“Isn’t he the one who decides what people put on their table ? He’s the one who draws up the menus for everyone. And no one in Romania likes what he eats nowadays. In a way, he’s going to be shot because of his bad cooking.”
“If you’ve changed your mind, tell me straight out, Mr Marcel.”
“It’s always good to look at a problem from as many points of view as possible. It brings you inner satisfaction. Ceausescu the cook, strolling among us with a ladle, from which he doesn’t want to dish out any soup. All his soup goes to fatten foreigners… Have you ever known me try to wriggle out of anything ? But you have to have an inner satisfaction, to view things in the world as strange as they are.”
“How do they seal off the lake ?”
“Always half an hour before Ceausescu arrives. A speedboat takes up position in front of the palace.”
“Men ?”
“Three, but that’s not important. When Ceausescu goes inside the palace, another two small boats flank the first motorboat. And the guards deployed in the woods gather around the palace.”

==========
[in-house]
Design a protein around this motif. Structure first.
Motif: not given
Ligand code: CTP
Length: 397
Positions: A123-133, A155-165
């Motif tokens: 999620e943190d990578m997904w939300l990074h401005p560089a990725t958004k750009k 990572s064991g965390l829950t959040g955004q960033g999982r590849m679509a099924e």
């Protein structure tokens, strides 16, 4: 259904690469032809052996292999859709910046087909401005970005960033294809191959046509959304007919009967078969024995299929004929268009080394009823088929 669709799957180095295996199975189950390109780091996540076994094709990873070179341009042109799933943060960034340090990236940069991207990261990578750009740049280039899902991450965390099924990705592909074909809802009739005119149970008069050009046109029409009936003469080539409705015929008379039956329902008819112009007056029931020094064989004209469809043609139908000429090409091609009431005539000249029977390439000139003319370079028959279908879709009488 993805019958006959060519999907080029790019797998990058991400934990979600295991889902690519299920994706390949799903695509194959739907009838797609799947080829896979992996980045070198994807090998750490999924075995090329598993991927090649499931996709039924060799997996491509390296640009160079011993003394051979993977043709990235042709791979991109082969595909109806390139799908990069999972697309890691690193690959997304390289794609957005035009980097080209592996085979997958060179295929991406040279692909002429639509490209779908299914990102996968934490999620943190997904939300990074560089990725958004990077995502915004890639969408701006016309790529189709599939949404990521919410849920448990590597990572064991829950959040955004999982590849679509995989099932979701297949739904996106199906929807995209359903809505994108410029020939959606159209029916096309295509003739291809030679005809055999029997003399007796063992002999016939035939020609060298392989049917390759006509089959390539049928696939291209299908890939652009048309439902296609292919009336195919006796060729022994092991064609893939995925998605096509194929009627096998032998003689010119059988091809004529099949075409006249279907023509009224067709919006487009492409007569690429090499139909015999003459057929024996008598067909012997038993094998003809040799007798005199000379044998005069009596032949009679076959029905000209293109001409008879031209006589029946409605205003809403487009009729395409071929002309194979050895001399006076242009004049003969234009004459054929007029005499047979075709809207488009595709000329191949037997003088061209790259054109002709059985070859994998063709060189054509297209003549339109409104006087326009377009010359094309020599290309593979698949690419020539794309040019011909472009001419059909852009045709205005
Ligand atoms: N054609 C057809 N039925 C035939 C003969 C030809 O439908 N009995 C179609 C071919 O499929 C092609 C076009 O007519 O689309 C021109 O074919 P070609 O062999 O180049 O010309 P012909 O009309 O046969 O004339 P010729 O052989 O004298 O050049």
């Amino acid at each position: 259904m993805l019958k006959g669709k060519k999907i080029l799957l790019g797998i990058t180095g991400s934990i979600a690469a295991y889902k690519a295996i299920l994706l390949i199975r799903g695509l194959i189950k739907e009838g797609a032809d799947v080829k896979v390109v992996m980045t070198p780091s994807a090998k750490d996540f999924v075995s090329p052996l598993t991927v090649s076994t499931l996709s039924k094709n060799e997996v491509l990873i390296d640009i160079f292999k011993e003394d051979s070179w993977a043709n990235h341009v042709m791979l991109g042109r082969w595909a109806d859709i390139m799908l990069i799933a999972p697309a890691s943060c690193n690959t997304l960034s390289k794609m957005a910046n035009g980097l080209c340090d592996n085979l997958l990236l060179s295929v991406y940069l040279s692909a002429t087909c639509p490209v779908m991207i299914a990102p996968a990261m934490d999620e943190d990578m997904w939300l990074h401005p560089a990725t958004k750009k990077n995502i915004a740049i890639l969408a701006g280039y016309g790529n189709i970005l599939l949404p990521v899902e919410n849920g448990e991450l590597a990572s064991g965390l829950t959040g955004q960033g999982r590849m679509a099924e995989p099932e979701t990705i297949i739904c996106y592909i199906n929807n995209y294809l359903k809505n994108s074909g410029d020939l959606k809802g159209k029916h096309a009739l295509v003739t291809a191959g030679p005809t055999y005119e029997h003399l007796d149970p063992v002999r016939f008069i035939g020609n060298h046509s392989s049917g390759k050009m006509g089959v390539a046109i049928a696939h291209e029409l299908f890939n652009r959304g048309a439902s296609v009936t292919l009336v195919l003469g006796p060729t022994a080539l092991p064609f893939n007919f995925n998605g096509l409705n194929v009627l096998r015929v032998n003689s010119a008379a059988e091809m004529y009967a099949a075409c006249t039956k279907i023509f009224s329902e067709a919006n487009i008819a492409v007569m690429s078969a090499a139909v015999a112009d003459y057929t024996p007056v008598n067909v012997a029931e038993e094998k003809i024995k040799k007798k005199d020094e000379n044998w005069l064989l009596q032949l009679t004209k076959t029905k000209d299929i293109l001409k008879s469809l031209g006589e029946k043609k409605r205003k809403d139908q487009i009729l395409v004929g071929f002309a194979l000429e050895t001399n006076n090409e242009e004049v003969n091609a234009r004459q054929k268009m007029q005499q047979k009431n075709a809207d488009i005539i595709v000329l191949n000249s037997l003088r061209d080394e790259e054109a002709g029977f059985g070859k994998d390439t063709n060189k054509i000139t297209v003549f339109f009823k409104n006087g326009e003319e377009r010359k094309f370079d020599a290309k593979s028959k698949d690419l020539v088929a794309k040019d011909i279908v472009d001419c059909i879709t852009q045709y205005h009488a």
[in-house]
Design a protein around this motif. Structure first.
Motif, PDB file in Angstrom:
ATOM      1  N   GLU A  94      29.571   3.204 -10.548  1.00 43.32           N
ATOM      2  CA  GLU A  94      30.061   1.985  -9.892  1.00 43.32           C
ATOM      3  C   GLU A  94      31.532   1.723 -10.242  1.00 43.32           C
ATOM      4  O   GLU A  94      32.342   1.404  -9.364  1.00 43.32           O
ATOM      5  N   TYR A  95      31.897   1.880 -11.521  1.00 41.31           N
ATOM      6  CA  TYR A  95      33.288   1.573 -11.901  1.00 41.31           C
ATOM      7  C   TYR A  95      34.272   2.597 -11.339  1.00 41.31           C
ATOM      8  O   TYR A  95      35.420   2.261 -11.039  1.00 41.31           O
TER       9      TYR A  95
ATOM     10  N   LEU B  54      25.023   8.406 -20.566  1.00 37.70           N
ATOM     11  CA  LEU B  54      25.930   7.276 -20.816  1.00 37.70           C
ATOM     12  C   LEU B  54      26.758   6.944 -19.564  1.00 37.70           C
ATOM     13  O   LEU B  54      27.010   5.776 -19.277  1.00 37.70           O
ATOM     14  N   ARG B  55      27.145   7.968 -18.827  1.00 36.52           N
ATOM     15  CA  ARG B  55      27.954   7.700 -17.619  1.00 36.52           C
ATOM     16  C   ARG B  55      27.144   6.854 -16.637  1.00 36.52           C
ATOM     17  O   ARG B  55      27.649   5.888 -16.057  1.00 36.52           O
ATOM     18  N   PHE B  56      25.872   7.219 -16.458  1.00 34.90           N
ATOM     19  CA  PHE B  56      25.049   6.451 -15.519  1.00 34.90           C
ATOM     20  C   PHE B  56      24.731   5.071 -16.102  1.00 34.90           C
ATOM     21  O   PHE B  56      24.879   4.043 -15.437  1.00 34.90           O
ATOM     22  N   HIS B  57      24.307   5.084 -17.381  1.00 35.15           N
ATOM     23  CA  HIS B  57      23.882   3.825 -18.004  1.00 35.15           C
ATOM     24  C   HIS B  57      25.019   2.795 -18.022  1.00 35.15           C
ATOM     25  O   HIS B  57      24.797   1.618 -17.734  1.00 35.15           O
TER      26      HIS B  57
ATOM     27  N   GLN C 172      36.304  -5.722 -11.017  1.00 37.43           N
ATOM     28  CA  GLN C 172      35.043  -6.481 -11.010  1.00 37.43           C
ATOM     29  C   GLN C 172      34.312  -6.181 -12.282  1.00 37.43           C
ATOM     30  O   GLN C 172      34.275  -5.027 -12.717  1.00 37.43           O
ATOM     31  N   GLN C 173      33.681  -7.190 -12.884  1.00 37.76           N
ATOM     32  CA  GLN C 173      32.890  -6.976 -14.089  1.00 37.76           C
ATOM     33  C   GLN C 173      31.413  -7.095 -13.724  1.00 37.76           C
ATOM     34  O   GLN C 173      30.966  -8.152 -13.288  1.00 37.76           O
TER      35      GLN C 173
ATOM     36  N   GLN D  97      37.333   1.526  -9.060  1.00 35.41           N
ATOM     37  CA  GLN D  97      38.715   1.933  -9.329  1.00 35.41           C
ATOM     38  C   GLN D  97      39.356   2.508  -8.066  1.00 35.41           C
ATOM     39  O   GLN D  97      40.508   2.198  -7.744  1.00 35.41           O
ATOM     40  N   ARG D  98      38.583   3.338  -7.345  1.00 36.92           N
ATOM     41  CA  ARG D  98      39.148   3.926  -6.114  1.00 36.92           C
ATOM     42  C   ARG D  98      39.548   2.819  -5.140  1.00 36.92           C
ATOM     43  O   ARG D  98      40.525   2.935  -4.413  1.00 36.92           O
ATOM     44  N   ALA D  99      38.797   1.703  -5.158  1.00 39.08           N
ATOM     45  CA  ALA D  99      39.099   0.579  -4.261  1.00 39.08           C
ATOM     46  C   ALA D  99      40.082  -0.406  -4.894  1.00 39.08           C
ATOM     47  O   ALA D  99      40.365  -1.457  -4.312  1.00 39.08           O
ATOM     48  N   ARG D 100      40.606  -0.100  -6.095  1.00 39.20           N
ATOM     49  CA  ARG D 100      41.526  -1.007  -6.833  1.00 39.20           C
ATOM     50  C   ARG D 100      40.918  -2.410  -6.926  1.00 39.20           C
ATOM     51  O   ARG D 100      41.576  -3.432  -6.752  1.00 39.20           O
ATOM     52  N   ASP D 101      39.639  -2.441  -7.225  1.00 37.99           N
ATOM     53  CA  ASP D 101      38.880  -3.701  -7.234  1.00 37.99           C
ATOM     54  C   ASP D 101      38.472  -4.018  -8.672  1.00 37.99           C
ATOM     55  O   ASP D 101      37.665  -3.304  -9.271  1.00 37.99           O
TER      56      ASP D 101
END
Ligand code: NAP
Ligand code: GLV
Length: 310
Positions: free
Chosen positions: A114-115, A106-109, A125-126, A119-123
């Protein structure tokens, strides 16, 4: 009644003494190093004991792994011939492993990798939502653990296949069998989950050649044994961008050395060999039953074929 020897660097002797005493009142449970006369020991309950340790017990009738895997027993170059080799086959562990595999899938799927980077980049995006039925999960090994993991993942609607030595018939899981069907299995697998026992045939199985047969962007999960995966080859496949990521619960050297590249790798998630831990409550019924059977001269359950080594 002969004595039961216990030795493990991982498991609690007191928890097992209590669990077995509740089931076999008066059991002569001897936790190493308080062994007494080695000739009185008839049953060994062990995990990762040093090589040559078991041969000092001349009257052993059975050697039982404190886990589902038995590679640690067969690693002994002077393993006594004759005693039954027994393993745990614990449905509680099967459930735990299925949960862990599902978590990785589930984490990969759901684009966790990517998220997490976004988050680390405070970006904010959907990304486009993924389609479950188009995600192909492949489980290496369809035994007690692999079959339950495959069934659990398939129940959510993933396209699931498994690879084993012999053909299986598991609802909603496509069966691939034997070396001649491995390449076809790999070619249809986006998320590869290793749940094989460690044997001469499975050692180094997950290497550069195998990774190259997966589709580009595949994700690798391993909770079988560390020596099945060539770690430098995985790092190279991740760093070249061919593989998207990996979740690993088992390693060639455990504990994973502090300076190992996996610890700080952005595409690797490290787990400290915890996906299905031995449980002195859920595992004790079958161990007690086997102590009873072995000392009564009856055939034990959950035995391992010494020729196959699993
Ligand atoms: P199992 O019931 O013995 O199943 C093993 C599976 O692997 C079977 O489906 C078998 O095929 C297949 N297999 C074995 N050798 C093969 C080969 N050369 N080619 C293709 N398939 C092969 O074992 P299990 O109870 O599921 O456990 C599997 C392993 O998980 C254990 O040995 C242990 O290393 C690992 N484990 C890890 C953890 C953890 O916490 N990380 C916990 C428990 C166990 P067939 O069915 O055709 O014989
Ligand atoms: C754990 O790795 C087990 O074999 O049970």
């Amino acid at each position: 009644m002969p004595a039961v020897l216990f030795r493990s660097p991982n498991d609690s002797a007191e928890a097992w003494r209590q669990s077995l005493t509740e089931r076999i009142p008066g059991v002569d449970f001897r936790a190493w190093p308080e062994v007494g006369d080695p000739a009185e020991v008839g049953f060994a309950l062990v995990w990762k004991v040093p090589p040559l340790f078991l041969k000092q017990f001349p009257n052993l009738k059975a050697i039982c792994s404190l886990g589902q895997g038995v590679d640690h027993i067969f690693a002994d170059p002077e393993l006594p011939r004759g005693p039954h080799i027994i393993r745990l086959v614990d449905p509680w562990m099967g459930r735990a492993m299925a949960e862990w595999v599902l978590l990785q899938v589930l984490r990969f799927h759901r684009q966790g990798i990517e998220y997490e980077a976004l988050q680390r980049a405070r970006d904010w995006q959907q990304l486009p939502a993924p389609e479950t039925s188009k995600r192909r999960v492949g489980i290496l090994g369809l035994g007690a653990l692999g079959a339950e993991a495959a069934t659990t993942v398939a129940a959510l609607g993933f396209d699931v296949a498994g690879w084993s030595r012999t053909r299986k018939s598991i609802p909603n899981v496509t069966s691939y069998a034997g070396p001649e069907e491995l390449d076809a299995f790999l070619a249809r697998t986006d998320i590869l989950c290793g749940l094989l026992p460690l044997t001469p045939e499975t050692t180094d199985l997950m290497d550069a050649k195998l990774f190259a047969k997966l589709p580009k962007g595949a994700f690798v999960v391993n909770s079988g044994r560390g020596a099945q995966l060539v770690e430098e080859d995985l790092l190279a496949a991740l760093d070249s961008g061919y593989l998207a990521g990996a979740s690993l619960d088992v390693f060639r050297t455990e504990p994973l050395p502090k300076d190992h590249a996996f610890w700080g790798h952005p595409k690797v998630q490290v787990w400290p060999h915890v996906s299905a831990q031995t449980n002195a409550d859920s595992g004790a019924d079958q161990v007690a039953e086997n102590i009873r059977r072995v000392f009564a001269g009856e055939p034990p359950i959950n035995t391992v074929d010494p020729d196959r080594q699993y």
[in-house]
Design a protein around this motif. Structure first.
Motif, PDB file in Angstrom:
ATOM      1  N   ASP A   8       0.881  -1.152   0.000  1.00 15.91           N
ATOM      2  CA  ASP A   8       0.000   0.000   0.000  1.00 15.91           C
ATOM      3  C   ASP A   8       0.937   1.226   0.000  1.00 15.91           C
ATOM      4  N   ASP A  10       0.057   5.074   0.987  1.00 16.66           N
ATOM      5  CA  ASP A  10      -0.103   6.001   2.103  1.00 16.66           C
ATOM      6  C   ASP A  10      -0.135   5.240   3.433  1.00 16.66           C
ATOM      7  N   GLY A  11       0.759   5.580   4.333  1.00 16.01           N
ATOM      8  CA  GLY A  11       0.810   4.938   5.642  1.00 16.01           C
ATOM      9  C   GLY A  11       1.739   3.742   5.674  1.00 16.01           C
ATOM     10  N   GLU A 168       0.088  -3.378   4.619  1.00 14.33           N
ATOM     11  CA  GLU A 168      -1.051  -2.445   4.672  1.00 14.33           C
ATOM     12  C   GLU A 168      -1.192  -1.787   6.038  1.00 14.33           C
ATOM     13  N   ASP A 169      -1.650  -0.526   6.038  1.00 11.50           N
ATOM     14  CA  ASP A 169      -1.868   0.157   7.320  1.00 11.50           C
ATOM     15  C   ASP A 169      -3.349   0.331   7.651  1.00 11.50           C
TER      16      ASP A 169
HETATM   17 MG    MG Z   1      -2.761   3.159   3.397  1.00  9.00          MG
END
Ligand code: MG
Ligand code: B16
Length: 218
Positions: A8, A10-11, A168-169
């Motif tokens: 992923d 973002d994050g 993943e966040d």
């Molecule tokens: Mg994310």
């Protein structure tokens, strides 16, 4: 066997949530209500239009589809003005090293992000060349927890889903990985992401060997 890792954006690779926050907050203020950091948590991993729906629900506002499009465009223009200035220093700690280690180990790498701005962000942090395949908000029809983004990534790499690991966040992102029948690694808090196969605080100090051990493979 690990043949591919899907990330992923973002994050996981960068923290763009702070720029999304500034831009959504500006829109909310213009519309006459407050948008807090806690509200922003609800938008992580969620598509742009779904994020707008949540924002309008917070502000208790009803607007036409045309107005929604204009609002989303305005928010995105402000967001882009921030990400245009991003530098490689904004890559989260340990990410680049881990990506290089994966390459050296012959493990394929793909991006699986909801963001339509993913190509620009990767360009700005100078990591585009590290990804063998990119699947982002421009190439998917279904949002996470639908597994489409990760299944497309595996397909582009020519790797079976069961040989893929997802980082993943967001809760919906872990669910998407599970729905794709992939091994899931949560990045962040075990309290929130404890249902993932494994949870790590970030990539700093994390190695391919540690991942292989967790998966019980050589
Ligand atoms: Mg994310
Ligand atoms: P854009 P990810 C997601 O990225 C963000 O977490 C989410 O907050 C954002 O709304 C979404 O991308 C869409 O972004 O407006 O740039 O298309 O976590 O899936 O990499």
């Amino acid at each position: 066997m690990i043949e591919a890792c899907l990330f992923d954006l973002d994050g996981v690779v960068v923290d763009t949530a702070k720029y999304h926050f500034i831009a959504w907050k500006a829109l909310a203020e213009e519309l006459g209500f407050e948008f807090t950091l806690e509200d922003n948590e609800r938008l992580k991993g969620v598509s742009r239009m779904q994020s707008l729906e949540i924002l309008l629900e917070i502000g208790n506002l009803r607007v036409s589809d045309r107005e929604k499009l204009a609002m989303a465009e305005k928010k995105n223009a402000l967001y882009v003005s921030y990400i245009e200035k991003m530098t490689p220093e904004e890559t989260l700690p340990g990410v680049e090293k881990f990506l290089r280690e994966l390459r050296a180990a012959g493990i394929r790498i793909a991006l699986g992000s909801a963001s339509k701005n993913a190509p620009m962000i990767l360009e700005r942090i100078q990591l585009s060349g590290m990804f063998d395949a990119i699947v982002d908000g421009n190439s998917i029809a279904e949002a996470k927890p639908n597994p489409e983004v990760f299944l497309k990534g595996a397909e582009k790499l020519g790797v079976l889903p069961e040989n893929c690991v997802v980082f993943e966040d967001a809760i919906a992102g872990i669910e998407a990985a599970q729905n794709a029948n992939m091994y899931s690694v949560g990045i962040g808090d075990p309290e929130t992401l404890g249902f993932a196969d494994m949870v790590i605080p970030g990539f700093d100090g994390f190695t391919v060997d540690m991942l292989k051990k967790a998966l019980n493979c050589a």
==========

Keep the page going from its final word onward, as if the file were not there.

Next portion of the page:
“What does that mean ?”
“In the first line there are twelve men. I’ve counted them. Everything else is guesswork. Because the ones who advance into the woods don’t show themselves. And a part of those who make up the team, without you knowing it, are locals, who just keep a watch glued to their windows.”
“Don’t they enter the uninhabited houses ?”
“Not as far as I know. Three years ago there was a regulation that the Securitate had a set of keys for each uninhabited house in the vicinity. But now, it seems, it no longer applies.”
“Fetch it here, please.”
“WSW, hasn’t anyone told you that all that nonsense with disguises can only bring us bad luck ? Someone will give you a shove and you’ll fall in front of a bus.”
From the ground floor, Sucu fetches a voluminous fishing rod sleeve, made of waterproof khaki canvas, from behind the fridge where it had stood propped against the wall.
“Isn’t fishing banned ?”